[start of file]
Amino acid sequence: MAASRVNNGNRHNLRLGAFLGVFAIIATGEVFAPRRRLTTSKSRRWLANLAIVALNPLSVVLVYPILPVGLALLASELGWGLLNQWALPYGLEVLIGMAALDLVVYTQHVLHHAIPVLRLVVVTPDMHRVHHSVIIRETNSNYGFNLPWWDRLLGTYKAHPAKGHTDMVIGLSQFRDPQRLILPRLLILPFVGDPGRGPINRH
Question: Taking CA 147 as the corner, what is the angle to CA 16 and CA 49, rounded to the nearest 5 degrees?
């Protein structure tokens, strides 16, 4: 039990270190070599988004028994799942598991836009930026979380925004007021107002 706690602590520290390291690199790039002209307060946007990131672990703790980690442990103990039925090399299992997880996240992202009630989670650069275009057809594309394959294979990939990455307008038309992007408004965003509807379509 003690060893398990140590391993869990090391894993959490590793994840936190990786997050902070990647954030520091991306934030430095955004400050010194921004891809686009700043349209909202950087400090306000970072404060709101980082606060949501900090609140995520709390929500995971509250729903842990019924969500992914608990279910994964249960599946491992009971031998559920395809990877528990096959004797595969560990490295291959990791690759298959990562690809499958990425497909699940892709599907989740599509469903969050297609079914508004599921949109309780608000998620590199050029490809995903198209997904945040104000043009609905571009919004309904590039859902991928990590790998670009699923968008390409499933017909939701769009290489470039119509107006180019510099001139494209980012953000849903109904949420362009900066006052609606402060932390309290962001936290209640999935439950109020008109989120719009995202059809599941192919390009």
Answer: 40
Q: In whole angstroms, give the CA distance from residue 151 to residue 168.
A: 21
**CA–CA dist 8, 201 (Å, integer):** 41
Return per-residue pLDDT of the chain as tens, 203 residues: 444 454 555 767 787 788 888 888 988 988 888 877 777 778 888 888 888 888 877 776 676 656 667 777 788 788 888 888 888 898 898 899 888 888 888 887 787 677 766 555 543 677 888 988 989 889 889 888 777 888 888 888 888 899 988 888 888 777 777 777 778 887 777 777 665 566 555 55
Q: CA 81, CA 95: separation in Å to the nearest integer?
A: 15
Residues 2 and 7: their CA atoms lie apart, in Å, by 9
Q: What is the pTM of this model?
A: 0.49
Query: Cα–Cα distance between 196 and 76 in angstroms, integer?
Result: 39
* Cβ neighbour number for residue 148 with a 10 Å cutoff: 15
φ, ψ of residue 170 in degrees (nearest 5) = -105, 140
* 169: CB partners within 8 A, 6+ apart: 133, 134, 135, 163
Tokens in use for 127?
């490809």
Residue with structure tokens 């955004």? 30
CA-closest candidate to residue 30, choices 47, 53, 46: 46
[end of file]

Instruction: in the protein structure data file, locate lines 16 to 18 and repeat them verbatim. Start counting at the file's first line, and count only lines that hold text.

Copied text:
* Cβ neighbour number for residue 148 with a 10 Å cutoff: 15
φ, ψ of residue 170 in degrees (nearest 5) = -105, 140
* 169: CB partners within 8 A, 6+ apart: 133, 134, 135, 163